Shai Maestro - Human.

An Israeli pianist with a distinctive style, and a strong and cohesive Trio. There are a range of styles in his largely self composed album for ECM. The one cover is Duke Ellington's 'In a sentimental mood'. There are a range of tempo's and the recording quality is superb. What makes it even more impressive is the trumpet playing of Philip Dizack. His controlled tone suits the album superbly, and this is certainly the best recording of his work that I've heard. It's not an album to sit down and get into right away, but after many listens it's still giving me an increasing sense of satifaction and enjoyment.

Veronica Swift - This bitter earth.

Her fifth album - although she's only 24, and the second for Mack Avenue. The selection of songs are representative of a feminist view of the world through songs. . There's a basic trio backing her (Emmet Cohen makes his second appearance of this list) with a string quartet on some of the ttracks and a rather wonderful version of cCarole King's " He hit me (and it felt like a kiss)" which has a guitar accompanyment by Armand Hirsch. The choice is, to say the least, eclectic, but her voice is wonderful throughout.Worth seeking out.

Vijay Iyer - Uneasy.

I think this is the third Vijay Iyer album on ECM. I very much liked the lat one 'Far from over' but the trio on this new album is the strongest that he's recorded with. The very much in demand bass player Linda May Han Oh gives the set a very much fulller sound and the drummer Tyshawn Sorey uses the whole of what must be a very large kit to great effect. All but two of the tracks are Iyer originals, with a Cole Porter tune and one by Geri Allen to complete the set. Like the maestro album mentioned above the recording quality is amazing, and if you can afford it, think about splashing out on the vinyl version. Again, not an immediate album, but one that I've been playing more and more.

Friday, 19 March 2021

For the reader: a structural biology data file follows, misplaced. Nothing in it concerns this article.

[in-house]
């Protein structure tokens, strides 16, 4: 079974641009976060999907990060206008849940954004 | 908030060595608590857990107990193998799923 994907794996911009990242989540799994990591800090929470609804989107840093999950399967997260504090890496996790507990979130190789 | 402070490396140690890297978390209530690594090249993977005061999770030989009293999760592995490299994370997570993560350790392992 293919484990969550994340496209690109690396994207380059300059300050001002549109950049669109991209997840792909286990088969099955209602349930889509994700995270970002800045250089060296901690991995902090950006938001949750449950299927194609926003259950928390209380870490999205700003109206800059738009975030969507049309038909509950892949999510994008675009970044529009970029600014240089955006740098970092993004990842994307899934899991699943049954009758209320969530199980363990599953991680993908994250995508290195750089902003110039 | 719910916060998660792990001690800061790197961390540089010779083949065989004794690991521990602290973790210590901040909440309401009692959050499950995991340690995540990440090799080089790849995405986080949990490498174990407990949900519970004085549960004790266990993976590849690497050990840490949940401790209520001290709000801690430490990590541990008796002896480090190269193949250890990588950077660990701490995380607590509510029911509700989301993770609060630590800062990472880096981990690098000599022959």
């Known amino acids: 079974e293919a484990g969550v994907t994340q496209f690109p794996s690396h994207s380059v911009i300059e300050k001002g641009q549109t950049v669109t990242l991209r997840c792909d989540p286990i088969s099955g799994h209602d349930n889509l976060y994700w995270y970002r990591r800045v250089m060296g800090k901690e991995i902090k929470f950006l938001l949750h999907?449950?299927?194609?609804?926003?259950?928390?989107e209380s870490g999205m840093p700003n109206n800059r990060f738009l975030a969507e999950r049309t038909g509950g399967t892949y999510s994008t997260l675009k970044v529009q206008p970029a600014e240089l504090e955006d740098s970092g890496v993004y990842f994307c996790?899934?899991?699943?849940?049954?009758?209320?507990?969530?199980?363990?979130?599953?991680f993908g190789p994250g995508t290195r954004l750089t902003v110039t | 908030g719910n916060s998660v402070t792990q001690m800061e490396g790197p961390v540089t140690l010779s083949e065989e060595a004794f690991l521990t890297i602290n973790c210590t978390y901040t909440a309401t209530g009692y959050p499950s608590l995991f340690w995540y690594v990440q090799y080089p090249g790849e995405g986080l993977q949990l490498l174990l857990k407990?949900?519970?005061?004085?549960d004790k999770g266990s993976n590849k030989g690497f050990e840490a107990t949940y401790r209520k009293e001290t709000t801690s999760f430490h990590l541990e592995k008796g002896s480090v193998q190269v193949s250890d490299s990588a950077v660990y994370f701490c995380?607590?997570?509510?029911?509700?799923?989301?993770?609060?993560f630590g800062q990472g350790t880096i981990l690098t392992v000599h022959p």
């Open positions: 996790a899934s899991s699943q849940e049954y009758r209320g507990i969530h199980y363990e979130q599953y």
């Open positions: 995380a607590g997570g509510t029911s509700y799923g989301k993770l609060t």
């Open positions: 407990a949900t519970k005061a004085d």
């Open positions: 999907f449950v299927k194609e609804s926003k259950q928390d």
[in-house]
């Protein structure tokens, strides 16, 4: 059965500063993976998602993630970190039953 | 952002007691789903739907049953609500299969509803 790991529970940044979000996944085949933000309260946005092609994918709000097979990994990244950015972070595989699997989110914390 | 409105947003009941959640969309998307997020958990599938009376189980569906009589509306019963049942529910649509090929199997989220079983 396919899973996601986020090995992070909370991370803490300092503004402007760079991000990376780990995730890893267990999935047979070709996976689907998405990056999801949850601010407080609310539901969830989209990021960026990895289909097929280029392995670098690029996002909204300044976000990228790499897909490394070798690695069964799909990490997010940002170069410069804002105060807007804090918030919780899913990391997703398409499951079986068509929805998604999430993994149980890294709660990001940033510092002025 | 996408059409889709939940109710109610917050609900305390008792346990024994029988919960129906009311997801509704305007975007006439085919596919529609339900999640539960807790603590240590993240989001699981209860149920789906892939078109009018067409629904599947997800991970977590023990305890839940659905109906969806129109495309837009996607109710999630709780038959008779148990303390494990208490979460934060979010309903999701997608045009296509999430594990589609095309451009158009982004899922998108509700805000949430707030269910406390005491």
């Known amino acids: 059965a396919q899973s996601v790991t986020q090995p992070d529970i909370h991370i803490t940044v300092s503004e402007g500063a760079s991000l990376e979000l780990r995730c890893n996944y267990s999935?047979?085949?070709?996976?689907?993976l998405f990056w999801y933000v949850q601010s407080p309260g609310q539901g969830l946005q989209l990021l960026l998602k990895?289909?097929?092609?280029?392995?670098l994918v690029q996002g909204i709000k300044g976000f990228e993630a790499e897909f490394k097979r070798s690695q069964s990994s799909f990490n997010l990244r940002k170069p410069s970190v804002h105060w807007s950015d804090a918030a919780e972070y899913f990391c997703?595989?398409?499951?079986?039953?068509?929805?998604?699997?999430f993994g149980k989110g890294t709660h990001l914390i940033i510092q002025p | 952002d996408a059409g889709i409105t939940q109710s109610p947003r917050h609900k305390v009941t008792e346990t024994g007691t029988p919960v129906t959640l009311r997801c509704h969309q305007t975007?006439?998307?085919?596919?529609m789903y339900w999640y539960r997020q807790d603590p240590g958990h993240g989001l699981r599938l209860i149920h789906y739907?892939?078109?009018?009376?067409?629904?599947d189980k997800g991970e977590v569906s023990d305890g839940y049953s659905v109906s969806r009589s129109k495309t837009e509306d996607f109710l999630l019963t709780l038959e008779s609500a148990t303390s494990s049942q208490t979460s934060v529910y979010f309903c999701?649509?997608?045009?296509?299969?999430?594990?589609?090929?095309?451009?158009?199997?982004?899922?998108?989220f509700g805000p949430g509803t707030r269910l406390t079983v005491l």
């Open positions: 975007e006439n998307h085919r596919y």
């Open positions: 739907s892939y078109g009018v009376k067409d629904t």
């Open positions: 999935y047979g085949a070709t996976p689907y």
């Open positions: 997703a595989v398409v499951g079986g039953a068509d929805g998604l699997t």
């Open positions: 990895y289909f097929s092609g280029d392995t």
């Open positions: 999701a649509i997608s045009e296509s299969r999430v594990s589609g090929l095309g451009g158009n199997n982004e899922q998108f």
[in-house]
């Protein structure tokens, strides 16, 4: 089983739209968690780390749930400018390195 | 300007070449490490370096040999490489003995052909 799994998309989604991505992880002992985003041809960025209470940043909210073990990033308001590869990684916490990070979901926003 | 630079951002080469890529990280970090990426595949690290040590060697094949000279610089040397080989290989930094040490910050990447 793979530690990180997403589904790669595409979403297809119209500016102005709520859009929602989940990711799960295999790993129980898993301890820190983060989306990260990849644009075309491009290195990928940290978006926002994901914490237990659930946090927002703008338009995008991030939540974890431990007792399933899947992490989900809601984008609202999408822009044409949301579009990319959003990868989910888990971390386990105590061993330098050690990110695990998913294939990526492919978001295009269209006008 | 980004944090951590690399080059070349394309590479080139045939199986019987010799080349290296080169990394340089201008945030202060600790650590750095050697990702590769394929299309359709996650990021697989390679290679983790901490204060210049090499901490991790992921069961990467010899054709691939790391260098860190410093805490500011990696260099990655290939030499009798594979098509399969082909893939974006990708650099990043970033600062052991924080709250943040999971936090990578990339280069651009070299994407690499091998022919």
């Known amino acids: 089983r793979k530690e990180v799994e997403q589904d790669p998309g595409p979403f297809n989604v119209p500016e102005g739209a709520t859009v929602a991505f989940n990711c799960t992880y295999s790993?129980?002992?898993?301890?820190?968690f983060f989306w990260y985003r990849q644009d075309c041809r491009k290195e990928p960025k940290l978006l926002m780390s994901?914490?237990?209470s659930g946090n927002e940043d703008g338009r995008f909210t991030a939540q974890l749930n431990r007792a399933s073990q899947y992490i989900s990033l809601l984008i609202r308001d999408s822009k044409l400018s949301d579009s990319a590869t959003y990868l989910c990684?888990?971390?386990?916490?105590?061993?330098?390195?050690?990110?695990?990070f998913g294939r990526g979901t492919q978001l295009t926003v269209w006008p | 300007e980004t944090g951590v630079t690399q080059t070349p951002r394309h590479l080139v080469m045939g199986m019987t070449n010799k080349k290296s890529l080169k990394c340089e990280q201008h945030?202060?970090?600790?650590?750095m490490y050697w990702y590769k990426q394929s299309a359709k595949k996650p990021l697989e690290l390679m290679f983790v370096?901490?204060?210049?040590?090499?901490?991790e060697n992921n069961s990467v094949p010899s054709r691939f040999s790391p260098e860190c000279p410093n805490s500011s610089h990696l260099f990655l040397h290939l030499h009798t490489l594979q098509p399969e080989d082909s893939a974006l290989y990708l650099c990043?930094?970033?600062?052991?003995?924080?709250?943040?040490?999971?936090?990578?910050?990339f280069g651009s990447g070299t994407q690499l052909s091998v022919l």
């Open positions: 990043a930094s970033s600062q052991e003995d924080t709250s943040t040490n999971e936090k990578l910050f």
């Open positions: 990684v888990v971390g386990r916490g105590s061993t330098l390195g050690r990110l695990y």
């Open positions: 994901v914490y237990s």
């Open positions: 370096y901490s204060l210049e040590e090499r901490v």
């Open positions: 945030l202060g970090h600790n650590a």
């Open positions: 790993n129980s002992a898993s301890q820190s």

More jazzy thoughts - from a strange year.

 As everybody else is likely to have said "it's been a strange old year", not that, at the time of writing, we're by any means clear of the restrictions that we've endured for the last year. Nonetheless, after staying at home, and catching up on all the things that 'you always meant to do' (most of mine are still unfinished - though at the time of writing, two of them have been completed, whether to my complete satisfaction remains to be seen!)

Luckily, after several 'home recorded' shows I've finally got back into the studio and it's been a real relief to discover that it's all still working. Actually for my colleagues, when they back to work (hopefully around 29th March) they're going to find that they're on a learning curve because during the lockdown an entirely updated playout system has been installed. Any certainty that they might have had about finding cherished drop-ins or 'tuneage' on the system are going to need review because although a lot of what was on the old system is till there it's all been moved during the change-over. Thus I've been finding favourite things that I use during the shows have been scattered to odd corners of the system. In the most extreme case 11,645 places away from where it used to be. We will, of course be able to give instruction, although in the first place, and probably until late May, it'll have to be on a one-to-one basis. At this point I ought to thank Ian and Tom who worked through the lock-down (remotely!) to make the switch.

So far then, not a lot of jazz! For jazz musicians, and particularly at a local level it's been a really difficult year. One player who made a living from jazz and lives locally told me that his last 'live' gig was March 10th 2020. It's also evident that many tours have had to be re-arranged, often not just once or twice, but up to three times. Let's hope that when those tours take place they are well supported. This also had a strange effect on CD releases which have also in many cases had their release dates moved several times. At the time of writing I'm still waiting for four albums that should have appeared during February - but haven't! There also appears to have been problems with CD manufacture, which for the largest labels is now done, more likely than not, somewhere in Europe. I don't thank the UK's status change has helped with distribution!

Next time I'll write more specifically about some of the albums (old and new) that I've enjoyed, or in some cases rediscovered during 2021.

Stay safe!